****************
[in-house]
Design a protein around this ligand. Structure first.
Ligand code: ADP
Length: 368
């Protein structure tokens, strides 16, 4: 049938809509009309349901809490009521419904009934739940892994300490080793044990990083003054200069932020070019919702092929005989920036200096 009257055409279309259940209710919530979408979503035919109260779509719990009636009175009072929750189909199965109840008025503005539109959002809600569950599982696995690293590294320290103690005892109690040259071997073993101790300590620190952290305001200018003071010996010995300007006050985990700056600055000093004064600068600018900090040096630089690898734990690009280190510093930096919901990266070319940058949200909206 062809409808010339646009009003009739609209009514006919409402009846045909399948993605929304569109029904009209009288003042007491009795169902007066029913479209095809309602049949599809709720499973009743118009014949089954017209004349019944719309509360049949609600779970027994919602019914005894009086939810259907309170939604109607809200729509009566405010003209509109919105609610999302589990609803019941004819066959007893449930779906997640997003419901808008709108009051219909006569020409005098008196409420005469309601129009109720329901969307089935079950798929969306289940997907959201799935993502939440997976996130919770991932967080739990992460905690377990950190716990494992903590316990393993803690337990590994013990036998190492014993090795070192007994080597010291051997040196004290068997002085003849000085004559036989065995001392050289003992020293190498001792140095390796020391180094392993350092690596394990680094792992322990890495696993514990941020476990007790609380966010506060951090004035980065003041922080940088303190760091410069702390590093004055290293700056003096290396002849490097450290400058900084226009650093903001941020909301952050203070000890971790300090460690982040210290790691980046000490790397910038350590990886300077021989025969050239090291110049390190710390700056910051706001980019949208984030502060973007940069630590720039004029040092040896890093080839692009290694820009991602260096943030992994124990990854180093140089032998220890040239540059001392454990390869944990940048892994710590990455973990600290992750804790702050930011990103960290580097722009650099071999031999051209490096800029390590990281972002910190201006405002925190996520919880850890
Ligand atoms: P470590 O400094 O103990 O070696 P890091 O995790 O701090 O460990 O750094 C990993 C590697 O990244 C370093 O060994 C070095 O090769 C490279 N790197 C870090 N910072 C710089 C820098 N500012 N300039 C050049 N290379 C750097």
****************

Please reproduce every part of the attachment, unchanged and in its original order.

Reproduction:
[in-house]
Design a protein around this ligand. Structure first.
Ligand code: ADP
Length: 368
């Protein structure tokens, strides 16, 4: 049938809509009309349901809490009521419904009934739940892994300490080793044990990083003054200069932020070019919702092929005989920036200096 009257055409279309259940209710919530979408979503035919109260779509719990009636009175009072929750189909199965109840008025503005539109959002809600569950599982696995690293590294320290103690005892109690040259071997073993101790300590620190952290305001200018003071010996010995300007006050985990700056600055000093004064600068600018900090040096630089690898734990690009280190510093930096919901990266070319940058949200909206 062809409808010339646009009003009739609209009514006919409402009846045909399948993605929304569109029904009209009288003042007491009795169902007066029913479209095809309602049949599809709720499973009743118009014949089954017209004349019944719309509360049949609600779970027994919602019914005894009086939810259907309170939604109607809200729509009566405010003209509109919105609610999302589990609803019941004819066959007893449930779906997640997003419901808008709108009051219909006569020409005098008196409420005469309601129009109720329901969307089935079950798929969306289940997907959201799935993502939440997976996130919770991932967080739990992460905690377990950190716990494992903590316990393993803690337990590994013990036998190492014993090795070192007994080597010291051997040196004290068997002085003849000085004559036989065995001392050289003992020293190498001792140095390796020391180094392993350092690596394990680094792992322990890495696993514990941020476990007790609380966010506060951090004035980065003041922080940088303190760091410069702390590093004055290293700056003096290396002849490097450290400058900084226009650093903001941020909301952050203070000890971790300090460690982040210290790691980046000490790397910038350590990886300077021989025969050239090291110049390190710390700056910051706001980019949208984030502060973007940069630590720039004029040092040896890093080839692009290694820009991602260096943030992994124990990854180093140089032998220890040239540059001392454990390869944990940048892994710590990455973990600290992750804790702050930011990103960290580097722009650099071999031999051209490096800029390590990281972002910190201006405002925190996520919880850890
Ligand atoms: P470590 O400094 O103990 O070696 P890091 O995790 O701090 O460990 O750094 C990993 C590697 O990244 C370093 O060994 C070095 O090769 C490279 N790197 C870090 N910072 C710089 C820098 N500012 N300039 C050049 N290379 C750097």